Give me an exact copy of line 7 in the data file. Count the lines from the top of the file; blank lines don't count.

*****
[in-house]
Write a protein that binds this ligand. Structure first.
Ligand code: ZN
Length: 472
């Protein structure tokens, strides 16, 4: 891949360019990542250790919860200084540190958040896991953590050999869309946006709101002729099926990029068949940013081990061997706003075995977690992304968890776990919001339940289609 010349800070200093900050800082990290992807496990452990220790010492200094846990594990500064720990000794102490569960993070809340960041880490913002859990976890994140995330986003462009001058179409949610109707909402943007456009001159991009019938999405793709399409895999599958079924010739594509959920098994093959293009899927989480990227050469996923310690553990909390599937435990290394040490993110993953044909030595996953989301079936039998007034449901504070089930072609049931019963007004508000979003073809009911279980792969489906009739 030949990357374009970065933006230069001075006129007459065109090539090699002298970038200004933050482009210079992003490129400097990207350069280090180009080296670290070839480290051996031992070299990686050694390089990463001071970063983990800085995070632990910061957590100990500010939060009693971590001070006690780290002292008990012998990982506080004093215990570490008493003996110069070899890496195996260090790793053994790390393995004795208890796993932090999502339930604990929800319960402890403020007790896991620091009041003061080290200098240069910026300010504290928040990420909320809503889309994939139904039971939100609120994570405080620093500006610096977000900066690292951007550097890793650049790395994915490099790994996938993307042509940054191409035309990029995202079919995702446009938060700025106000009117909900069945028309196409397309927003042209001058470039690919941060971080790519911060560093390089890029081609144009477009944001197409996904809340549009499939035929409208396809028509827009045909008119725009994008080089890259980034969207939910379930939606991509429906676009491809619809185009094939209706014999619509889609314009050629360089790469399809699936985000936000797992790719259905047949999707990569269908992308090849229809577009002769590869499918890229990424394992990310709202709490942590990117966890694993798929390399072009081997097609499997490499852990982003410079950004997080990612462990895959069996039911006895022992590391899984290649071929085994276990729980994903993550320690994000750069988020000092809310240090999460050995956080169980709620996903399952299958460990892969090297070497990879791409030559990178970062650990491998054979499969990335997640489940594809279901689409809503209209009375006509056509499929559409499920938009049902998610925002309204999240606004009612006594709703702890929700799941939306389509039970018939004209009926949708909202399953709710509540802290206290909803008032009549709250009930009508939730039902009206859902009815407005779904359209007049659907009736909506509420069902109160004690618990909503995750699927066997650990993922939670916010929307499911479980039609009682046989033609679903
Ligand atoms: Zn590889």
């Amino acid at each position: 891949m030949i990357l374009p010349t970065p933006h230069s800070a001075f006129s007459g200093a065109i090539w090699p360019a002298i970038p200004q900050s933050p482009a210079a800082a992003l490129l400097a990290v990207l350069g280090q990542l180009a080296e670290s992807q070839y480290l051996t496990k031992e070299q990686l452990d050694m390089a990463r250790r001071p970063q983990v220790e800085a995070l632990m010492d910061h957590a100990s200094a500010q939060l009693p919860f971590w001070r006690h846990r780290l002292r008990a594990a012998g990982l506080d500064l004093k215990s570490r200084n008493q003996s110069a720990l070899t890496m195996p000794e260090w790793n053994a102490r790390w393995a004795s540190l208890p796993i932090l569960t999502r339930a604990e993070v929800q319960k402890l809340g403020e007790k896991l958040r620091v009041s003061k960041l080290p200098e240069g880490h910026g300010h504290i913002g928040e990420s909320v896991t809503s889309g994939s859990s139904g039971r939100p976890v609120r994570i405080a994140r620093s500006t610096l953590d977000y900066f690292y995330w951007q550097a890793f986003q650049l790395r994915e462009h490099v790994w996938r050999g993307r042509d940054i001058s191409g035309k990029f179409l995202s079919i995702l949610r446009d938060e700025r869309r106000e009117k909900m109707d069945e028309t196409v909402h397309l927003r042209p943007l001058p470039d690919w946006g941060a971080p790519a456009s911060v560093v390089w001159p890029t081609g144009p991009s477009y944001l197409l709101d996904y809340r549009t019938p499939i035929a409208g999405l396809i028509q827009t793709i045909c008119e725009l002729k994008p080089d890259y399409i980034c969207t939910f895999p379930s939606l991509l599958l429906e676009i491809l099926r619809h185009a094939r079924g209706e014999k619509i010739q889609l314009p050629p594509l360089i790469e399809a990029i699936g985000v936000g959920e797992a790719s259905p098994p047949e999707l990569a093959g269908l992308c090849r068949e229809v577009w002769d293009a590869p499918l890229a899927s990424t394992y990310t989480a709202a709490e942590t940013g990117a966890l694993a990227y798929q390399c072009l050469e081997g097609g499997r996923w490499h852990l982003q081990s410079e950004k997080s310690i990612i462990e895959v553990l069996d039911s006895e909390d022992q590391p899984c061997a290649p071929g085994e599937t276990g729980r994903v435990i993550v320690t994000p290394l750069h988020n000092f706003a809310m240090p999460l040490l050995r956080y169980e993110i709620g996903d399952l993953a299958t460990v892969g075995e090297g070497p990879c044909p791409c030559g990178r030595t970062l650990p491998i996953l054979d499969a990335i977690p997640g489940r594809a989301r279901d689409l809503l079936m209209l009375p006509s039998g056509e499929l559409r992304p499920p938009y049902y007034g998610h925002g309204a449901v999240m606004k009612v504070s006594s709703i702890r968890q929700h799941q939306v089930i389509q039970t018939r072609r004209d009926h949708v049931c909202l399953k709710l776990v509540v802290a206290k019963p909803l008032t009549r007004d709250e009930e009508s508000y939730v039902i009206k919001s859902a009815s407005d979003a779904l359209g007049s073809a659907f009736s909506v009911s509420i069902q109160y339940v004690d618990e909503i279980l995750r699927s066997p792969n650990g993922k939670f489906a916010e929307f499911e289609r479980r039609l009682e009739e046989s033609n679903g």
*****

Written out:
């Amino acid at each position: 891949m030949i990357l374009p010349t970065p933006h230069s800070a001075f006129s007459g200093a065109i090539w090699p360019a002298i970038p200004q900050s933050p482009a210079a800082a992003l490129l400097a990290v990207l350069g280090q990542l180009a080296e670290s992807q070839y480290l051996t496990k031992e070299q990686l452990d050694m390089a990463r250790r001071p970063q983990v220790e800085a995070l632990m010492d910061h957590a100990s200094a500010q939060l009693p919860f971590w001070r006690h846990r780290l002292r008990a594990a012998g990982l506080d500064l004093k215990s570490r200084n008493q003996s110069a720990l070899t890496m195996p000794e260090w790793n053994a102490r790390w393995a004795s540190l208890p796993i932090l569960t999502r339930a604990e993070v929800q319960k402890l809340g403020e007790k896991l958040r620091v009041s003061k960041l080290p200098e240069g880490h910026g300010h504290i913002g928040e990420s909320v896991t809503s889309g994939s859990s139904g039971r939100p976890v609120r994570i405080a994140r620093s500006t610096l953590d977000y900066f690292y995330w951007q550097a890793f986003q650049l790395r994915e462009h490099v790994w996938r050999g993307r042509d940054i001058s191409g035309k990029f179409l995202s079919i995702l949610r446009d938060e700025r869309r106000e009117k909900m109707d069945e028309t196409v909402h397309l927003r042209p943007l001058p470039d690919w946006g941060a971080p790519a456009s911060v560093v390089w001159p890029t081609g144009p991009s477009y944001l197409l709101d996904y809340r549009t019938p499939i035929a409208g999405l396809i028509q827009t793709i045909c008119e725009l002729k994008p080089d890259y399409i980034c969207t939910f895999p379930s939606l991509l599958l429906e676009i491809l099926r619809h185009a094939r079924g209706e014999k619509i010739q889609l314009p050629p594509l360089i790469e399809a990029i699936g985000v936000g959920e797992a790719s259905p098994p047949e999707l990569a093959g269908l992308c090849r068949e229809v577009w002769d293009a590869p499918l890229a899927s990424t394992y990310t989480a709202a709490e942590t940013g990117a966890l694993a990227y798929q390399c072009l050469e081997g097609g499997r996923w490499h852990l982003q081990s410079e950004k997080s310690i990612i462990e895959v553990l069996d039911s006895e909390d022992q590391p899984c061997a290649p071929g085994e599937t276990g729980r994903v435990i993550v320690t994000p290394l750069h988020n000092f706003a809310m240090p999460l040490l050995r956080y169980e993110i709620g996903d399952l993953a299958t460990v892969g075995e090297g070497p990879c044909p791409c030559g990178r030595t970062l650990p491998i996953l054979d499969a990335i977690p997640g489940r594809a989301r279901d689409l809503l079936m209209l009375p006509s039998g056509e499929l559409r992304p499920p938009y049902y007034g998610h925002g309204a449901v999240m606004k009612v504070s006594s709703i702890r968890q929700h799941q939306v089930i389509q039970t018939r072609r004209d009926h949708v049931c909202l399953k709710l776990v509540v802290a206290k019963p909803l008032t009549r007004d709250e009930e009508s508000y939730v039902i009206k919001s859902a009815s407005d979003a779904l359209g007049s073809a659907f009736s909506v009911s509420i069902q109160y339940v004690d618990e909503i279980l995750r699927s066997p792969n650990g993922k939670f489906a916010e929307f499911e289609r479980r039609l009682e009739e046989s033609n679903g």